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May Bonsai in Bonsai
On May. 01, 2021 by admin

March and early April in my backyard was rainy and cold. There was no time that I had to water everything, I just watched daily and watered those that needed it.

Anyhow, we must assume that they will now fall into a 'normal' routine and proceed with the usual May bonsai care, maybe modified a bit.

Leaf pruning would normally be done in May only on very healthy trees. However if your trees broke late you should make sure that they have sufficient food and light and time to make and store enough energy to produce a healthy set of new leaves before the heat of summer. The new leaves need to have time to mature before the heat sets in. If in doubt do not leaf prune this year. My rule of thumb is no leaf pruning of deciduous species after Memorial Day.

If you have flowering or fruiting bonsai, they should probably not be pruned until June so they will develop the necessary flowers and the fruit will need a lot of foliage to support the tree while the fruit grows. Azaleas usually have too many buds and should have some buds removed to allow room for the flowers to open fully.

Repotting season is getting close for tropicals. Generally they may be done whenever the night temperatures stay above 60 degrees. The repotting of tropicals is done when they are in active growth. Be extra vigilant to prevent the roots from drying during repotting. Place the repotted tree in an area with good light but little direct sun. It should have good air flow but no wind until it shows new growth. A good organic program takes care of both the feeding and the insect problems. The trick is to be sure to thoroughly cover the plant including all the leaf axils and do it on a regular basis. A regular schedule is needed with chemical sprays too.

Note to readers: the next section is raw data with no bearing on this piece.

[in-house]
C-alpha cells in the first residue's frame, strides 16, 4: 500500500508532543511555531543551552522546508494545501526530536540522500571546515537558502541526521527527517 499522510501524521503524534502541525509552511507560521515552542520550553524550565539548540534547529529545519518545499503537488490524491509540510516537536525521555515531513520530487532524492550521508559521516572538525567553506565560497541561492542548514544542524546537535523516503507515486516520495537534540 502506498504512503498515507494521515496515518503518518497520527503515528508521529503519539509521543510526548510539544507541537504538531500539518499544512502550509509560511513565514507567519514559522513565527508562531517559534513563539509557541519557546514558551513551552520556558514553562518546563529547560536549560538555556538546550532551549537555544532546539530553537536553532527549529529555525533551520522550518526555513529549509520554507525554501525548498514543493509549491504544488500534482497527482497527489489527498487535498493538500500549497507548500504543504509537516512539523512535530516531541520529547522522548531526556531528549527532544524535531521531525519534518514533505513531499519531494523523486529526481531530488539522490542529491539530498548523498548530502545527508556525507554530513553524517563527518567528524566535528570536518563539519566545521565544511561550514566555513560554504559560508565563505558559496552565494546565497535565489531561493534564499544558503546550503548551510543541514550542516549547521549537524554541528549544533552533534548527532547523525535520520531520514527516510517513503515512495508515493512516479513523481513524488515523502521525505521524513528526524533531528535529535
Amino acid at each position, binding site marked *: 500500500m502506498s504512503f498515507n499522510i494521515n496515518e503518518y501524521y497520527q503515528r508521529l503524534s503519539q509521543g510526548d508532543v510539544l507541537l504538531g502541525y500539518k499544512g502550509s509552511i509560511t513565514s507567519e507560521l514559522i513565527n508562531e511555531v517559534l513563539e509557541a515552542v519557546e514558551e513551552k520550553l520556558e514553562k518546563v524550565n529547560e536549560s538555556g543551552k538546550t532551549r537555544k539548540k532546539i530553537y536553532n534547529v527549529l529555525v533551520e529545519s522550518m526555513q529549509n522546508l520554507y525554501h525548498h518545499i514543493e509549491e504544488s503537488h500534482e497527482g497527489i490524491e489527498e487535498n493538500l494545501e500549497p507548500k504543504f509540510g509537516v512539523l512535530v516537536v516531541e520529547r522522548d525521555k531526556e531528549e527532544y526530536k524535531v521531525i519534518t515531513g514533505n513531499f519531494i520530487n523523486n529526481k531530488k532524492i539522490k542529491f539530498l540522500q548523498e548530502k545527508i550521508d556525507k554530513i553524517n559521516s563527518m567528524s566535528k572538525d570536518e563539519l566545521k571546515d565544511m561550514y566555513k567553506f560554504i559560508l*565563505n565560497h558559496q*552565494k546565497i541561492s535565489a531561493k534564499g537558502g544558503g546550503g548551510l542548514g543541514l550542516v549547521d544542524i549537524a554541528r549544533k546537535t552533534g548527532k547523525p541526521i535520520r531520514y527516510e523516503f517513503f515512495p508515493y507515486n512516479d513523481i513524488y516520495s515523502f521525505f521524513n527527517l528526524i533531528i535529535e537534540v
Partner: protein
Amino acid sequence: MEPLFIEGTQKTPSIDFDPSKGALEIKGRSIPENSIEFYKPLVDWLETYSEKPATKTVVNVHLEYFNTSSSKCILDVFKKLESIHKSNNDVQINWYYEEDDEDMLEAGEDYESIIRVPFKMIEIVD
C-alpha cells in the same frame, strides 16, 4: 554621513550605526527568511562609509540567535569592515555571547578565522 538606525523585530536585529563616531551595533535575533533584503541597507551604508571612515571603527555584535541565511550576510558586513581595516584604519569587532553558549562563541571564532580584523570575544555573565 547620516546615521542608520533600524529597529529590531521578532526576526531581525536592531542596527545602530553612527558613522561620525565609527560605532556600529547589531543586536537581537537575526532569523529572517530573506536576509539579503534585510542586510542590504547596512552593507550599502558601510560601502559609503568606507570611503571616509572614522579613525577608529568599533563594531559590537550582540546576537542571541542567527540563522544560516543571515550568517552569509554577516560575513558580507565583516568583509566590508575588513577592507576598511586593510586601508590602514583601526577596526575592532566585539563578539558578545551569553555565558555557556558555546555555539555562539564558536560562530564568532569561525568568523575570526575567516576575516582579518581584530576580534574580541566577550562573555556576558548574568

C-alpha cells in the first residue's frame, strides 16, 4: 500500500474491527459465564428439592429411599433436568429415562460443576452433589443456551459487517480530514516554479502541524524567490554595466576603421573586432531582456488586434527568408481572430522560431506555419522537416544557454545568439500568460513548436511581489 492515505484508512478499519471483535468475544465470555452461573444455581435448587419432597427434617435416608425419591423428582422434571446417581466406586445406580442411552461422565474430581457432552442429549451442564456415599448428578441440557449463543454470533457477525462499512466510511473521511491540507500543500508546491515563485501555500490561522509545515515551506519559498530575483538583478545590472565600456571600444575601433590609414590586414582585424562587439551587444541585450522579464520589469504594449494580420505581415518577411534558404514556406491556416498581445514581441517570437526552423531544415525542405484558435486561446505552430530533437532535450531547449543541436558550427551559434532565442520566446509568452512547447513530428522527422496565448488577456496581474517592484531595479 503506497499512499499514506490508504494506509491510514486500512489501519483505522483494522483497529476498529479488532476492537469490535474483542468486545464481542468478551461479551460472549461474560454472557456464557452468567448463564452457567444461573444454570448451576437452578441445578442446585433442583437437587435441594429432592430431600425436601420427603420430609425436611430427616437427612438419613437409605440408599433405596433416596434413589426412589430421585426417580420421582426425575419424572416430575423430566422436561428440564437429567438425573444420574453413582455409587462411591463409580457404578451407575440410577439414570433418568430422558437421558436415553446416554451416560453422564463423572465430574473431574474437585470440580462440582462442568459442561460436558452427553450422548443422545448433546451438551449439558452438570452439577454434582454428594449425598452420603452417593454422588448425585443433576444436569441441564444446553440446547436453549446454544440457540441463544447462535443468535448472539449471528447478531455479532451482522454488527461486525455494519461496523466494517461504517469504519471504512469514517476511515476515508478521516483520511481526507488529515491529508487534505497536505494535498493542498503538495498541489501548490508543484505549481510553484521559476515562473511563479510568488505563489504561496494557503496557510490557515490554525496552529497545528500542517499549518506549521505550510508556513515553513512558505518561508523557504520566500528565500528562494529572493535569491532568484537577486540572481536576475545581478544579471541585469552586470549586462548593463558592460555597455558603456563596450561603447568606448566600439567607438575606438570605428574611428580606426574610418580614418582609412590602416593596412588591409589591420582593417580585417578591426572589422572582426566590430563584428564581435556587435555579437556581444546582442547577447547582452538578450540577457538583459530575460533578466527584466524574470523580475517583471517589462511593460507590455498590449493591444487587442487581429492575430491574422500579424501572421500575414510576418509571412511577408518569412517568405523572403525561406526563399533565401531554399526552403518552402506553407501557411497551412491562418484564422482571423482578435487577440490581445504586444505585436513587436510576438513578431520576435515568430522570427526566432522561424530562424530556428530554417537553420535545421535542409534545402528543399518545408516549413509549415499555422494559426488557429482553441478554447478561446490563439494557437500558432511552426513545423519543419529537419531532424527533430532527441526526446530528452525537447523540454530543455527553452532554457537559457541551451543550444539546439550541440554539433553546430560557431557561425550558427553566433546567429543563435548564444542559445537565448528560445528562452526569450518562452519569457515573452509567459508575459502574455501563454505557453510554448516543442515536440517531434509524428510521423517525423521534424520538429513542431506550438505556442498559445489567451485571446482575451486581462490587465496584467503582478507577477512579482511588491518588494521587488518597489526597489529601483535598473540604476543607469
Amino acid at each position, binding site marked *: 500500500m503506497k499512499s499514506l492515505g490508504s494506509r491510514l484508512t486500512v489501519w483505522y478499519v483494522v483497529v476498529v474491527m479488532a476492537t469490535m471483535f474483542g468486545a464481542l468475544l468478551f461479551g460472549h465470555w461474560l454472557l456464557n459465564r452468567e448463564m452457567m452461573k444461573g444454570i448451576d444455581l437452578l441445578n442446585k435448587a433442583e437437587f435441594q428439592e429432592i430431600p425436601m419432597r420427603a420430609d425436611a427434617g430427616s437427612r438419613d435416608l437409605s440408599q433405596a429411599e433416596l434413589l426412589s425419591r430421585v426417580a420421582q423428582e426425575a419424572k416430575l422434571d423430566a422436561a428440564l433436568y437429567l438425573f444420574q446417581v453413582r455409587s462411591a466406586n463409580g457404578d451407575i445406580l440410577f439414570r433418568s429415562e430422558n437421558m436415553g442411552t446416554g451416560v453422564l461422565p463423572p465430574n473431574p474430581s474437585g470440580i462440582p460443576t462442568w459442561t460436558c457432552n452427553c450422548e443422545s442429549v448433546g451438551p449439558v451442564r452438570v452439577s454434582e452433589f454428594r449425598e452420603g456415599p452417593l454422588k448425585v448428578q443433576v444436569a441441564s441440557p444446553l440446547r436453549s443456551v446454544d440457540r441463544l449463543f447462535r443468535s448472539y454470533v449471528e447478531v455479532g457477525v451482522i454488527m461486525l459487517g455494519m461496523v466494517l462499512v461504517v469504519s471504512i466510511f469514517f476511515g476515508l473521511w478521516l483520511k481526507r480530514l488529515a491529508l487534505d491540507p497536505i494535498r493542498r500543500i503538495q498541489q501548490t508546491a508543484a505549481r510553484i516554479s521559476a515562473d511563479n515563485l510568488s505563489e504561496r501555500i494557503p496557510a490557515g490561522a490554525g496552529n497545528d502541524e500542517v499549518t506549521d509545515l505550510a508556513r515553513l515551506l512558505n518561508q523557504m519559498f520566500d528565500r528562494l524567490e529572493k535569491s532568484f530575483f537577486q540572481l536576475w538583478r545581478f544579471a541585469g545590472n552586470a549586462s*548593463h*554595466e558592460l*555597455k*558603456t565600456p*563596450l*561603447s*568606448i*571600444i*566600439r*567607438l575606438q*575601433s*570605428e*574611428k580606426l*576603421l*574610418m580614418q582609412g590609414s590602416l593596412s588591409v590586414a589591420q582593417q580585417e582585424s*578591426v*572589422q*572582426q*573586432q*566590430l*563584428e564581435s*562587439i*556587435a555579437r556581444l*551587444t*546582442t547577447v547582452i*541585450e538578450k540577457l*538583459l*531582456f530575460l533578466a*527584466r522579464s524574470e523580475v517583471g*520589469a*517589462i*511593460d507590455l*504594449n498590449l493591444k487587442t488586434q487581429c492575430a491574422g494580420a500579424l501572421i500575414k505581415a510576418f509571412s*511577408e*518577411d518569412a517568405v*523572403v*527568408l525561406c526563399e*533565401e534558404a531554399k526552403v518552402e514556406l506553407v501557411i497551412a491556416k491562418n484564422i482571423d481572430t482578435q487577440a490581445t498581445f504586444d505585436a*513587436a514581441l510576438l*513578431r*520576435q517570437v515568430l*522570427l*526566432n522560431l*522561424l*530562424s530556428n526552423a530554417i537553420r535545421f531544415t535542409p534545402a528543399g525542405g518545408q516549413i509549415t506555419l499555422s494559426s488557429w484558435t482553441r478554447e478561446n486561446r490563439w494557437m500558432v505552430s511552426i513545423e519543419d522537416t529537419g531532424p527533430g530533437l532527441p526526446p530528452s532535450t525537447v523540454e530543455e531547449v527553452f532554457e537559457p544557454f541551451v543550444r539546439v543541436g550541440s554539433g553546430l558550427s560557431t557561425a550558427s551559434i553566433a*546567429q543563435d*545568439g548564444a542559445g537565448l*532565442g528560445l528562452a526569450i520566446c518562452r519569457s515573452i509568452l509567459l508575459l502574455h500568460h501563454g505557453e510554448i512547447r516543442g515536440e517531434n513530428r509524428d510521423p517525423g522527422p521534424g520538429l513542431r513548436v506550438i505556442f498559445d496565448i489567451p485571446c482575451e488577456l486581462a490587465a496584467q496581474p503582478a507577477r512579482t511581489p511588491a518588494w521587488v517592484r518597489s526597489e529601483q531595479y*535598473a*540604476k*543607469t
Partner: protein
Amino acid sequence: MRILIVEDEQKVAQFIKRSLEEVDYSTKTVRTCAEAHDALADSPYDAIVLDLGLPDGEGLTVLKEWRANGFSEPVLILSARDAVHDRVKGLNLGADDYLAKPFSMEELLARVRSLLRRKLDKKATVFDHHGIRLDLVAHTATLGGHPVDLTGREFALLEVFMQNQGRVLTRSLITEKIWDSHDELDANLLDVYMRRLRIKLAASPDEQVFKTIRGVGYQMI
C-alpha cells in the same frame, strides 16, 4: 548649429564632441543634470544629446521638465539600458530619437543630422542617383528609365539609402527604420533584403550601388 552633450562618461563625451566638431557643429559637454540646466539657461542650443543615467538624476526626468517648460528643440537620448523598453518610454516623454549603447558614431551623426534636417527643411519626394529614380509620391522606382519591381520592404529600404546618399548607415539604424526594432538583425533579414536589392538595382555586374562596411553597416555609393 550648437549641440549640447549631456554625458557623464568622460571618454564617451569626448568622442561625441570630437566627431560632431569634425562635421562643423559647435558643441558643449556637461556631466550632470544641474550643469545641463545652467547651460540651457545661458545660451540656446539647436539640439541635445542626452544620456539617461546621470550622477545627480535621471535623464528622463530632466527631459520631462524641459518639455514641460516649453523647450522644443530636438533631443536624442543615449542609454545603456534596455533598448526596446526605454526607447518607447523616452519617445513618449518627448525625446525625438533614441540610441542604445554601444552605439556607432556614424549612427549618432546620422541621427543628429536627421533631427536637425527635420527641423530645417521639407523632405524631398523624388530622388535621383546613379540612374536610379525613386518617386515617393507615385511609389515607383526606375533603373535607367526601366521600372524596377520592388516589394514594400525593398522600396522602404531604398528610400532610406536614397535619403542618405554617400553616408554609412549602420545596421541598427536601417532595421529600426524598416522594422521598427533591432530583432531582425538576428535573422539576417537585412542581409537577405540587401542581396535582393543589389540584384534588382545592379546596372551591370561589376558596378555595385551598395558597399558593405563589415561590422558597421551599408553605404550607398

The standard horde of pests will be knocking of your door any day now if they are not already at the dinner table. Pale leaves would indicate spider mites. Aphids and woolly scale are easy to see but you need to look for them. Small caterpillars are easy to miss until you see holes in your leaves. My overall cure for these is an organic foliar spray of one tablespoon each of fish emulsion, liquid kelp, molasses and apple cider vinegar in a gallon of water. It will not only feed the tree but take care of any vermin there. Be sure to spray the under sides of the leaves and the leaf axils too. Use a hand or pump up sprayer to get a fine spray to cover all top and bottom of leaves, a hose end sprayer doesn't cover good enough. This is also true if you want to use commercial chemical sprays.

A regular schedule is needed because you need to hit them while they are moving and out of their protective coating especially scale and bagworms. The life cycle of spider mites (from egg to adult laying new egg) can be as short as 5 days in hot weather. You may have to use a systemic control for scale.